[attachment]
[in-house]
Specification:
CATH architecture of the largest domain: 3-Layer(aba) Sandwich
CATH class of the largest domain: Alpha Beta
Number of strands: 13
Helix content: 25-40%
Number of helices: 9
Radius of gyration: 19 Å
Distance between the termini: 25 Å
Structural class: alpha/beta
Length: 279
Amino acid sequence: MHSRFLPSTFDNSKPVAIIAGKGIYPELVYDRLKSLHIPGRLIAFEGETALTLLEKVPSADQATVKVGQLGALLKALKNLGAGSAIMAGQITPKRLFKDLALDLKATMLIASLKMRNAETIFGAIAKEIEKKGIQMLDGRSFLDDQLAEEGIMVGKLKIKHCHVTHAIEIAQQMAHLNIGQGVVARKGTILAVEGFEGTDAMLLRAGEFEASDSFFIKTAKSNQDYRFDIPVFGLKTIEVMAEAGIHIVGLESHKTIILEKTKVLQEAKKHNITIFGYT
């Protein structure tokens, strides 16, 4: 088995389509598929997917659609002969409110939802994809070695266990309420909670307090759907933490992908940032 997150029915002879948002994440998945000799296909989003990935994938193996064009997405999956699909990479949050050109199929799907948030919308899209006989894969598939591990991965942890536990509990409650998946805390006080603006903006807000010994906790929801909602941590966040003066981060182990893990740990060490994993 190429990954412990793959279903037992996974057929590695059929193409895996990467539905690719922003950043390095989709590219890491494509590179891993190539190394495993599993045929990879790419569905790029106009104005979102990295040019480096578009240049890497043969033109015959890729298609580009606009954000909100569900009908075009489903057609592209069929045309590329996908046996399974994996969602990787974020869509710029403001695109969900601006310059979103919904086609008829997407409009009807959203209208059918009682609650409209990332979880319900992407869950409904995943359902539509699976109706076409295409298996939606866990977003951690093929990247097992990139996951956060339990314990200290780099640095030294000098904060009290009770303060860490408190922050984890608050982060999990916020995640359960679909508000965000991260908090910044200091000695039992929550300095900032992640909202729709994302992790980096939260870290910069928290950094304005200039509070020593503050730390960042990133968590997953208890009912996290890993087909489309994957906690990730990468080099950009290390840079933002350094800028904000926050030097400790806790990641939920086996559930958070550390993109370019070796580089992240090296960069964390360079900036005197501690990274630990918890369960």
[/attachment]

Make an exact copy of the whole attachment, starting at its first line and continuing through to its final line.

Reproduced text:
[in-house]
Specification:
CATH architecture of the largest domain: 3-Layer(aba) Sandwich
CATH class of the largest domain: Alpha Beta
Number of strands: 13
Helix content: 25-40%
Number of helices: 9
Radius of gyration: 19 Å
Distance between the termini: 25 Å
Structural class: alpha/beta
Length: 279
Amino acid sequence: MHSRFLPSTFDNSKPVAIIAGKGIYPELVYDRLKSLHIPGRLIAFEGETALTLLEKVPSADQATVKVGQLGALLKALKNLGAGSAIMAGQITPKRLFKDLALDLKATMLIASLKMRNAETIFGAIAKEIEKKGIQMLDGRSFLDDQLAEEGIMVGKLKIKHCHVTHAIEIAQQMAHLNIGQGVVARKGTILAVEGFEGTDAMLLRAGEFEASDSFFIKTAKSNQDYRFDIPVFGLKTIEVMAEAGIHIVGLESHKTIILEKTKVLQEAKKHNITIFGYT
């Protein structure tokens, strides 16, 4: 088995389509598929997917659609002969409110939802994809070695266990309420909670307090759907933490992908940032 997150029915002879948002994440998945000799296909989003990935994938193996064009997405999956699909990479949050050109199929799907948030919308899209006989894969598939591990991965942890536990509990409650998946805390006080603006903006807000010994906790929801909602941590966040003066981060182990893990740990060490994993 190429990954412990793959279903037992996974057929590695059929193409895996990467539905690719922003950043390095989709590219890491494509590179891993190539190394495993599993045929990879790419569905790029106009104005979102990295040019480096578009240049890497043969033109015959890729298609580009606009954000909100569900009908075009489903057609592209069929045309590329996908046996399974994996969602990787974020869509710029403001695109969900601006310059979103919904086609008829997407409009009807959203209208059918009682609650409209990332979880319900992407869950409904995943359902539509699976109706076409295409298996939606866990977003951690093929990247097992990139996951956060339990314990200290780099640095030294000098904060009290009770303060860490408190922050984890608050982060999990916020995640359960679909508000965000991260908090910044200091000695039992929550300095900032992640909202729709994302992790980096939260870290910069928290950094304005200039509070020593503050730390960042990133968590997953208890009912996290890993087909489309994957906690990730990468080099950009290390840079933002350094800028904000926050030097400790806790990641939920086996559930958070550390993109370019070796580089992240090296960069964390360079900036005197501690990274630990918890369960």